More cases against Japan are likely to be filed in Chinese courts following a Shanghai court's order to impound a ship linked to a wartime contractual dispute, observers say.
The impounding order against a Japanese bulk iron ore carrier belonging to Mitsui OSK Lines on Saturday could further strain Sino-Japanese ties already bruised by territorial conflicts in the East China Sea and disputes over their wartime history, they say.
Japanese Chief Cabinet Secretary Yoshihide Suga described the seizure, part of a wartime compensation lawsuit, as regrettable.
"The case may shake the spirit of the 1972 joint declaration made when Japan and China normalised diplomatic relations," he said.
The declaration stipulated that China renounced its demand for war reparations from Japan.
But Foreign Ministry spokesman Qin Gang said the case was merely an "ordinary commercial dispute".
"The case has nothing to do with post-war compensation," he said yesterday. "China's position in upholding the principle of the Sino-Japanese declaration has not changed."
The case is one of a string of lawsuits relating to wartime grievances that have been filed in China.
One of them, which concerns 37 people who were forcibly removed to Japan during the war, was filed in a Beijing court in February.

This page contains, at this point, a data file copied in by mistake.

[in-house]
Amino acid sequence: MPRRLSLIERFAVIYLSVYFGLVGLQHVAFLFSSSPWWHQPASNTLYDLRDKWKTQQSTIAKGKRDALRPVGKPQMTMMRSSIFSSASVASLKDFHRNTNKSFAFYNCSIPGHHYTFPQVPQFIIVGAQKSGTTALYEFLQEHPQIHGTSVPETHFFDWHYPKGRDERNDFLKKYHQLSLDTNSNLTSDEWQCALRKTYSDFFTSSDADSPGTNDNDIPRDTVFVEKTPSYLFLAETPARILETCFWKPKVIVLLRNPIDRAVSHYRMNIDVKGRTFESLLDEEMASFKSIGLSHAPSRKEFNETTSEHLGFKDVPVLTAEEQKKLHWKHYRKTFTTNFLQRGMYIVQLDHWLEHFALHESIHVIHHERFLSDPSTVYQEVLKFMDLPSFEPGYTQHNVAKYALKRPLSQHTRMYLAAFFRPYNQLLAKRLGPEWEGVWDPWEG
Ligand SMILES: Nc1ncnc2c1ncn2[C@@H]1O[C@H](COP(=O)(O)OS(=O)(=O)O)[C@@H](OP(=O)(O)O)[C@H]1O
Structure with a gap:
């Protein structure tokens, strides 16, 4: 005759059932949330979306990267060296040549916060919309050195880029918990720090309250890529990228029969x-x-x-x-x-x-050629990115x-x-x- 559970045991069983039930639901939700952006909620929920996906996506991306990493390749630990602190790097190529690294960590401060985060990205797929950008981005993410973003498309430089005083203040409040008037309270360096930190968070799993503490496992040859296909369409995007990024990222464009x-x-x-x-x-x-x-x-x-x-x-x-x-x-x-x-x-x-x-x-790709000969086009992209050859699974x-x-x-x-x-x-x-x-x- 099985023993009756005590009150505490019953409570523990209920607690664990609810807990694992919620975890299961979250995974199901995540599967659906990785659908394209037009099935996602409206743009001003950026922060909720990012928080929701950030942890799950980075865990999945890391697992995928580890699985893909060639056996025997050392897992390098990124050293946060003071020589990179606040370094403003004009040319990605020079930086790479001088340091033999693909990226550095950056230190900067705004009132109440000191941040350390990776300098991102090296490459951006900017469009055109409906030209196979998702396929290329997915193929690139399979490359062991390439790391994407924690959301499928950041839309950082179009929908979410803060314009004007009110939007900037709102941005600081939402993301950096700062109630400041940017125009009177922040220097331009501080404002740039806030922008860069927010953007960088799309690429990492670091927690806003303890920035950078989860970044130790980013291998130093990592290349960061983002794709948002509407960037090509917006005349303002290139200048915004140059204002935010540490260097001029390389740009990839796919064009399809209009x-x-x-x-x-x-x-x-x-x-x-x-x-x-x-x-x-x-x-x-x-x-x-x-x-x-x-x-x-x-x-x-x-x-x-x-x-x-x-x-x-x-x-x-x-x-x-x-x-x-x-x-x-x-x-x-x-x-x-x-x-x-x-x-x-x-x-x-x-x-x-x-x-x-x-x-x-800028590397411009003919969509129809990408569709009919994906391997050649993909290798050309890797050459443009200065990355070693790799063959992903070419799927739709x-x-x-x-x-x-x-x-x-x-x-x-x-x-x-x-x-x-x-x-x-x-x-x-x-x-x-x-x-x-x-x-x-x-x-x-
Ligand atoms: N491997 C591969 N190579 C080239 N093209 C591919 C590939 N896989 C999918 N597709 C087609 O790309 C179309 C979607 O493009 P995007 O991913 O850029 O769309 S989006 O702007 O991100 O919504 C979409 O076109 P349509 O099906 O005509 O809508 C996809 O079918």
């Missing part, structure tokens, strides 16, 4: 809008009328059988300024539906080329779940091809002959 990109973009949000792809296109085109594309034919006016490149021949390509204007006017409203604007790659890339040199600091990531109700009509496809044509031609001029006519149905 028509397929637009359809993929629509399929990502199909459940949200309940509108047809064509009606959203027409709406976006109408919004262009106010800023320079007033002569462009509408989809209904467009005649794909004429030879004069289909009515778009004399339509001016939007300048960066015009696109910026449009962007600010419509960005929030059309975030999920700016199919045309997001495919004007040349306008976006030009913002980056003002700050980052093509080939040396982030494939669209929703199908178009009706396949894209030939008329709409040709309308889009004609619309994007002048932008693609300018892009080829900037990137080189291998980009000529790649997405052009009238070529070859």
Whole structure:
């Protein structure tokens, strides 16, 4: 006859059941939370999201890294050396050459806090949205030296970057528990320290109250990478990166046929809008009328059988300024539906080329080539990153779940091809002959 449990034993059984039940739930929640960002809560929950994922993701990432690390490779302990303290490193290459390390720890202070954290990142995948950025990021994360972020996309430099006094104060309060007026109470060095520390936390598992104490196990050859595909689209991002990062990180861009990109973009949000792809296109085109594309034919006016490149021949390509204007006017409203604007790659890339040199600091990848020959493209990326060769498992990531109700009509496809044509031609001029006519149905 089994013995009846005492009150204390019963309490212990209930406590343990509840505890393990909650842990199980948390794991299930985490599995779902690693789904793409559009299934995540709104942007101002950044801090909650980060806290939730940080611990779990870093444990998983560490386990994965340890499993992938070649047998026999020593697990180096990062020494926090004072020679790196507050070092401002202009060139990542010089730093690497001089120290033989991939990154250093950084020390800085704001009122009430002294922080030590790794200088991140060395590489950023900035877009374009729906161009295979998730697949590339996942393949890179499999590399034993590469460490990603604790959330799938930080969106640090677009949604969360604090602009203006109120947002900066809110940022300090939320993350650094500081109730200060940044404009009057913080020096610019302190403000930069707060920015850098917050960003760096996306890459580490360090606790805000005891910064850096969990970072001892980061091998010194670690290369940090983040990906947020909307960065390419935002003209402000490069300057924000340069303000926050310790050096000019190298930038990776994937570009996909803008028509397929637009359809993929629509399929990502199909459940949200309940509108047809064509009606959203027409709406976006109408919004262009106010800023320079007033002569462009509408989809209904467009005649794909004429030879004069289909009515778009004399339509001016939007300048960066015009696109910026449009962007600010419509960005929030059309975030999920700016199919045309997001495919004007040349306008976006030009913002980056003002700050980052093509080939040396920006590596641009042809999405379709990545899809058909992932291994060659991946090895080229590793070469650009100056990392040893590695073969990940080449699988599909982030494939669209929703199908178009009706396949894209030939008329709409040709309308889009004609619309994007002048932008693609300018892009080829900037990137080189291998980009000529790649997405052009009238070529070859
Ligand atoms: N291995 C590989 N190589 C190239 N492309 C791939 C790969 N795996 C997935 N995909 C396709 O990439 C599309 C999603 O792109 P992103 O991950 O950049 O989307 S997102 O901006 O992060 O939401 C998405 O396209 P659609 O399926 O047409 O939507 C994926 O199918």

Su Zhiliang , a professor at Shanghai Normal University who has researched the plight of wartime sex slaves, known in Japan as "comfort women", said he would consider helping the women file suits through Chinese courts.
"We filed suits with Japanese courts in past years but were turned down," Su said. "Many of the victims are now very old, and they want to see justice being done."
Professor Lian Degui , of the Shanghai Institutes for International Studies, said courts at local level would be given more responsibility to handle Chinese grievances against Japan.
"It is not very appropriate for senior Chinese officials to demand compensation," he said. "But ordinary people can file their cases at these courts. There will be more civil lawsuits against Japan if Sino-Japanese ties remain strained."
In another development, Qin of the Foreign Ministry said China had expressed its disappointment to Japan after Prime Minister Shinzo Abe sent an offering to the Yasukuni war shrine yesterday. Cabinet secretary Suga said Abe had made his offering as a private individual.
Two members of Abe's cabinet have already visited the shrine ahead of today's spring festival.